“During that time, I met Melinda Miles, one of Konpay’s co-founders,” Fotta said. “Since then, we have been friends and I stayed connected with Haiti over the years through her regular updates.”
“Ever since Amy Fotta came home from Haiti, she left part of her heart there. That is the best way I can say it,” Sr. John Michele, I.H.M., M.A said. “She loves the people, the culture, everything about it. She wants to help them, and right now with a family, the best way she sees is to help from an advocacy standpoint.”
When the earthquake hit in January 2010, Fotta began volunteering to support the stateside efforts of Konpay’s emergency relief, which led to Miles offering Fotta a position with Konpay.
“I chose to accept because I believe in the mission and approach to Konpay’s work in Haiti. It is not about charity and going into communities with a mindset of ‘we are here to save you and tell you what you need.’”, Fotta said. “Instead, Konpay is about empowering and supporting Haitian innovation to solve the most pressing problems associated with poverty.”
Konpay, and Fotta, have come a long way since the earthquake. In the summer of 2010, Fotta began working with a team to establish an aviary at the Food and Fuels Alternative Center. That vision became a reality.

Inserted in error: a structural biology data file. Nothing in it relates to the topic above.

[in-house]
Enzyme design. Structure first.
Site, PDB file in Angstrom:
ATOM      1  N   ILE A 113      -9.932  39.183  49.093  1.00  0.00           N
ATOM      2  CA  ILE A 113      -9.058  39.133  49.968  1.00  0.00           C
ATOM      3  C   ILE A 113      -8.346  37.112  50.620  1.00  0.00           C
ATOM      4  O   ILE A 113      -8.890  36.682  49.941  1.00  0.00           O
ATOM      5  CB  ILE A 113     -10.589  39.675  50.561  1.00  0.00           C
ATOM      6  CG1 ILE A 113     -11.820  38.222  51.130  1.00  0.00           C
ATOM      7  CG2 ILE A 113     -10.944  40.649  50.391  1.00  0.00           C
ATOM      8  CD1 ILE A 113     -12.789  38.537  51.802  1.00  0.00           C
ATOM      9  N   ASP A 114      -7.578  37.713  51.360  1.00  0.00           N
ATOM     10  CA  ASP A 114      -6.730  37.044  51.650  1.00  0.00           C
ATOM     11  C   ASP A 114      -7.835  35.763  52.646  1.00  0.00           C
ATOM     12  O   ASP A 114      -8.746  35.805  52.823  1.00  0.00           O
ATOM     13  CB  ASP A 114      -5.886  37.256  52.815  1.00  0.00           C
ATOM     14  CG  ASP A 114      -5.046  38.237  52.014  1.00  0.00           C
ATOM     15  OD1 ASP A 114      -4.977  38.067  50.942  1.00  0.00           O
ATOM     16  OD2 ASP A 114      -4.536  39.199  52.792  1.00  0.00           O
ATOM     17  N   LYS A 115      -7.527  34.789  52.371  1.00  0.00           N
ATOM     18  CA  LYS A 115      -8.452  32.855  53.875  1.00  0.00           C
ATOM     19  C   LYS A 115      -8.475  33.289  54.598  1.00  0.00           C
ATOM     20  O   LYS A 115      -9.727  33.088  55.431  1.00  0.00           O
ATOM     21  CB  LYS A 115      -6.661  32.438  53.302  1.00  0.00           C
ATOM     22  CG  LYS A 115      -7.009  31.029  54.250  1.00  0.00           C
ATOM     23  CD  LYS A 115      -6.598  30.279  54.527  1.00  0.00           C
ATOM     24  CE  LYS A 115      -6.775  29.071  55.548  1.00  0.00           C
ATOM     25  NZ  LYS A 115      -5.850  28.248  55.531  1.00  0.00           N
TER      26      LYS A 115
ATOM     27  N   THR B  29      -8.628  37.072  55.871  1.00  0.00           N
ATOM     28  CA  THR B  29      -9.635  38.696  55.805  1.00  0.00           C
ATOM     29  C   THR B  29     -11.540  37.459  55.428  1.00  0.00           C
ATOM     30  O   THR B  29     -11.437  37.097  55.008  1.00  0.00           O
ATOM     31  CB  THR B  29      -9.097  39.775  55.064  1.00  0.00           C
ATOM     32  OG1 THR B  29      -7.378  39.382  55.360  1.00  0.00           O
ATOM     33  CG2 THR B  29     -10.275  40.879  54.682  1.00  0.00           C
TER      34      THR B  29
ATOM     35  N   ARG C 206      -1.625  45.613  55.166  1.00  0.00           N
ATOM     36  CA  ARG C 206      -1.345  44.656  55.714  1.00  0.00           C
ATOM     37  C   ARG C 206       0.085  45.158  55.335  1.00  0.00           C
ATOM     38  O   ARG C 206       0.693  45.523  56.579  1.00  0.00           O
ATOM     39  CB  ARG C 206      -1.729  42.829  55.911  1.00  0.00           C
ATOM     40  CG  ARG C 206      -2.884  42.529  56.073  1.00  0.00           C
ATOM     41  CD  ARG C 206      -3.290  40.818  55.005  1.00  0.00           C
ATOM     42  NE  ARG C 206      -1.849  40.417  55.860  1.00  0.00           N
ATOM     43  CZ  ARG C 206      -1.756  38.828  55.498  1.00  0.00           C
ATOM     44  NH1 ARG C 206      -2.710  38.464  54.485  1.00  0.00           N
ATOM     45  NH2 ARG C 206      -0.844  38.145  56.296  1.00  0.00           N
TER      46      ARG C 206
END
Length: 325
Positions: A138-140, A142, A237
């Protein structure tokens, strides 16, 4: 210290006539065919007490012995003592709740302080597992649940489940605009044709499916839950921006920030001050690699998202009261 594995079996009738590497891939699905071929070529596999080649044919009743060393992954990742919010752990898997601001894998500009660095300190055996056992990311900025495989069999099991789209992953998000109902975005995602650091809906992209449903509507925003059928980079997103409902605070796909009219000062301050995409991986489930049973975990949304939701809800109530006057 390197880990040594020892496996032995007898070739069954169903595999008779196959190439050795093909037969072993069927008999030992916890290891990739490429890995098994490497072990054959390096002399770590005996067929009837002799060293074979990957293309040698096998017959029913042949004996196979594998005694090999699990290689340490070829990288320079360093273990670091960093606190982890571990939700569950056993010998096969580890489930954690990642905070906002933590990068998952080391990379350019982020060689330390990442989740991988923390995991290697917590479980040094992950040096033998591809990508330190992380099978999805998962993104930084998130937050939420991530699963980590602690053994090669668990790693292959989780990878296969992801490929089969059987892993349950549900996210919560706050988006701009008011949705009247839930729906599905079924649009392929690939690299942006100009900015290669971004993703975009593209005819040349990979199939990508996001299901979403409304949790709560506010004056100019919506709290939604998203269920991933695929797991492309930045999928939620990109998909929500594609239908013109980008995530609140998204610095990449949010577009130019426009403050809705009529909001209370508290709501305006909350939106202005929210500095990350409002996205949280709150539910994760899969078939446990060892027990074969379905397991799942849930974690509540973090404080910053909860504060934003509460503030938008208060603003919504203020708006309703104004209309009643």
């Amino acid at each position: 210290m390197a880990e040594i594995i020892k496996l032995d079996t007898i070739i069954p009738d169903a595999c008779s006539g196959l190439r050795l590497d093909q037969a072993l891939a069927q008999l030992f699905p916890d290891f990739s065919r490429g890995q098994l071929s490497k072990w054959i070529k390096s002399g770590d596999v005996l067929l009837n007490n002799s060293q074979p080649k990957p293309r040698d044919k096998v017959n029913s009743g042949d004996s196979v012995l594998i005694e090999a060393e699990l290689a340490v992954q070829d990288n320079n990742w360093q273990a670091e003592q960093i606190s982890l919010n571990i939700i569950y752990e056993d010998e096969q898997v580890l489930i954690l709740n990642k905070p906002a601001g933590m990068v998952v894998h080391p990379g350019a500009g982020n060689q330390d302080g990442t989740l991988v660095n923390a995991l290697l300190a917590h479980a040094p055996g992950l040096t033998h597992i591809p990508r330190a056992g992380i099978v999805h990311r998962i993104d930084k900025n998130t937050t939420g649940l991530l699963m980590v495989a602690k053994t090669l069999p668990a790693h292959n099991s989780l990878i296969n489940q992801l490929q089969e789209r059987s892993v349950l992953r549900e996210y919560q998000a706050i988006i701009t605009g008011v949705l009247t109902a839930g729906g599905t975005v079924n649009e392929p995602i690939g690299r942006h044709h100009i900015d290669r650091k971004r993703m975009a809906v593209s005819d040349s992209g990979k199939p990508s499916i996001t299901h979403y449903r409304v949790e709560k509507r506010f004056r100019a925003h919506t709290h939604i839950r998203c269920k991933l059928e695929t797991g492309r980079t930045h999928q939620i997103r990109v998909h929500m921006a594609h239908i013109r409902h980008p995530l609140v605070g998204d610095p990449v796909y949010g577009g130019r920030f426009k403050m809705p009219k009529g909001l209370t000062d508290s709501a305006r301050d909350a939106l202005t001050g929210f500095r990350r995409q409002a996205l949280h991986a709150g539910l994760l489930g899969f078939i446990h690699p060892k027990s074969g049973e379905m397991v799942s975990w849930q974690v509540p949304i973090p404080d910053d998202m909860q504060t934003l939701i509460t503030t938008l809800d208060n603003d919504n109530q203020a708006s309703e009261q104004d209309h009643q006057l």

“In August 2010, our first 500 chickens arrived at the FFA. Soon after that, we added another 500 chickens. The chickens produce an average of 12 cartons of eggs daily, and these eggs help contribute to improved nutrition and food security in our local community,” Fotta said. “With last year in Haiti being so wrought with destruction, tragedy and suffering, I feel like the success of the aviary was a tremendous accomplishment. It helps everyone in the community to keep hoping and working for a better future.”
That better future is what keeps the organization going, despite the numerous challenges Haiti faces.
“Unfortunately, the sad reality is that a majority of Haitians continue to live in desperate poverty, in conditions that are inhumane and rob them of their dignity,” Fotta said. “The Haitian people want opportunities to meet their own basic needs: food, water, shelter, education for their children, employment, healthcare – the same things we all want here in the United States.”
In Fotta’s belief, one of the most powerful things a Marywood student can do to support the cause is to think and understand beyond our own comfortable lives.
“Nurture a sense of empathy by becoming more conscious of the everyday challenges that others in our world — including Haiti — endure,” Fotta said. “Challenges will continue, putting the lives of Haitians in limbo; however, I am hopeful that despite the turmoil, the people and dedicated organizations – both Haitian and international — will work to make strides in each of their communities. It will be a slow process, but it is possible. That is what grassroots work is all about.”
Students interested in supporting Konpay can follow the organization Facebook and Twitter or visit www.konpay.org.